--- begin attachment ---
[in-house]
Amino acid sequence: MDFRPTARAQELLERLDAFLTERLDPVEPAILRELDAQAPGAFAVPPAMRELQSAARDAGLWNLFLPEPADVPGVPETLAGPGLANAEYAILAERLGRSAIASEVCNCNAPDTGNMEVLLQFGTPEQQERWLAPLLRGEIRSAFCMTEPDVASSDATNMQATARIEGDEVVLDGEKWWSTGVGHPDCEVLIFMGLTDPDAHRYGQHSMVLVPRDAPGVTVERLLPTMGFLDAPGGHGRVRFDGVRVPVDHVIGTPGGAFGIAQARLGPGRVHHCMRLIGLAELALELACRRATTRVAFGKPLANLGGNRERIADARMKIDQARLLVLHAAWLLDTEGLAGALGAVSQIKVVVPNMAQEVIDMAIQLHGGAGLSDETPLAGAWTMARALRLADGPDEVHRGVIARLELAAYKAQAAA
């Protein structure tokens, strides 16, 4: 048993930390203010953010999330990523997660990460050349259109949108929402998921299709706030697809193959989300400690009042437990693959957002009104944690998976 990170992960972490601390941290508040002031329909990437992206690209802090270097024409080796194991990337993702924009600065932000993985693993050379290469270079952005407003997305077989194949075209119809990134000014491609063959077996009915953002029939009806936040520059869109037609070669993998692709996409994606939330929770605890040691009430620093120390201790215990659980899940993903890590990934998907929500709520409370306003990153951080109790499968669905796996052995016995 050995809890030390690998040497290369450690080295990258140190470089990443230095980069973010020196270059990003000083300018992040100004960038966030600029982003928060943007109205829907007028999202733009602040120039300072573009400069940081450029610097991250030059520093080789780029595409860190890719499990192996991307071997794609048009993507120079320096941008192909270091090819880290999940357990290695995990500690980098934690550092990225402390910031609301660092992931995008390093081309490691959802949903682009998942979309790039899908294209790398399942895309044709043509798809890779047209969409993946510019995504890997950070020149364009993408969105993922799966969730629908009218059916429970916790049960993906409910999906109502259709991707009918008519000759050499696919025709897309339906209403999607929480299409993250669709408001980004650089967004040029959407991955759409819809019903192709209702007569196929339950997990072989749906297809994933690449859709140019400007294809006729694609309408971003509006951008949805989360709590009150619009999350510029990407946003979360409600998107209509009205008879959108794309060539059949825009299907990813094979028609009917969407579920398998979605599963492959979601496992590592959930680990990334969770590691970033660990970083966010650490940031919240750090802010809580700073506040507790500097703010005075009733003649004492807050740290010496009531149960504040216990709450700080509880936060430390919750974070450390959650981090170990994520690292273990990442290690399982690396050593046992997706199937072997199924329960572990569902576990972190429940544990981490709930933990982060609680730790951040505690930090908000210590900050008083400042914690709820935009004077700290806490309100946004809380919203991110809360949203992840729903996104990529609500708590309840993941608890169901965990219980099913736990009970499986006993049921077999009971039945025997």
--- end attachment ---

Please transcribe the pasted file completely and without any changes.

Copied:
[in-house]
Amino acid sequence: MDFRPTARAQELLERLDAFLTERLDPVEPAILRELDAQAPGAFAVPPAMRELQSAARDAGLWNLFLPEPADVPGVPETLAGPGLANAEYAILAERLGRSAIASEVCNCNAPDTGNMEVLLQFGTPEQQERWLAPLLRGEIRSAFCMTEPDVASSDATNMQATARIEGDEVVLDGEKWWSTGVGHPDCEVLIFMGLTDPDAHRYGQHSMVLVPRDAPGVTVERLLPTMGFLDAPGGHGRVRFDGVRVPVDHVIGTPGGAFGIAQARLGPGRVHHCMRLIGLAELALELACRRATTRVAFGKPLANLGGNRERIADARMKIDQARLLVLHAAWLLDTEGLAGALGAVSQIKVVVPNMAQEVIDMAIQLHGGAGLSDETPLAGAWTMARALRLADGPDEVHRGVIARLELAAYKAQAAA
């Protein structure tokens, strides 16, 4: 048993930390203010953010999330990523997660990460050349259109949108929402998921299709706030697809193959989300400690009042437990693959957002009104944690998976 990170992960972490601390941290508040002031329909990437992206690209802090270097024409080796194991990337993702924009600065932000993985693993050379290469270079952005407003997305077989194949075209119809990134000014491609063959077996009915953002029939009806936040520059869109037609070669993998692709996409994606939330929770605890040691009430620093120390201790215990659980899940993903890590990934998907929500709520409370306003990153951080109790499968669905796996052995016995 050995809890030390690998040497290369450690080295990258140190470089990443230095980069973010020196270059990003000083300018992040100004960038966030600029982003928060943007109205829907007028999202733009602040120039300072573009400069940081450029610097991250030059520093080789780029595409860190890719499990192996991307071997794609048009993507120079320096941008192909270091090819880290999940357990290695995990500690980098934690550092990225402390910031609301660092992931995008390093081309490691959802949903682009998942979309790039899908294209790398399942895309044709043509798809890779047209969409993946510019995504890997950070020149364009993408969105993922799966969730629908009218059916429970916790049960993906409910999906109502259709991707009918008519000759050499696919025709897309339906209403999607929480299409993250669709408001980004650089967004040029959407991955759409819809019903192709209702007569196929339950997990072989749906297809994933690449859709140019400007294809006729694609309408971003509006951008949805989360709590009150619009999350510029990407946003979360409600998107209509009205008879959108794309060539059949825009299907990813094979028609009917969407579920398998979605599963492959979601496992590592959930680990990334969770590691970033660990970083966010650490940031919240750090802010809580700073506040507790500097703010005075009733003649004492807050740290010496009531149960504040216990709450700080509880936060430390919750974070450390959650981090170990994520690292273990990442290690399982690396050593046992997706199937072997199924329960572990569902576990972190429940544990981490709930933990982060609680730790951040505690930090908000210590900050008083400042914690709820935009004077700290806490309100946004809380919203991110809360949203992840729903996104990529609500708590309840993941608890169901965990219980099913736990009970499986006993049921077999009971039945025997």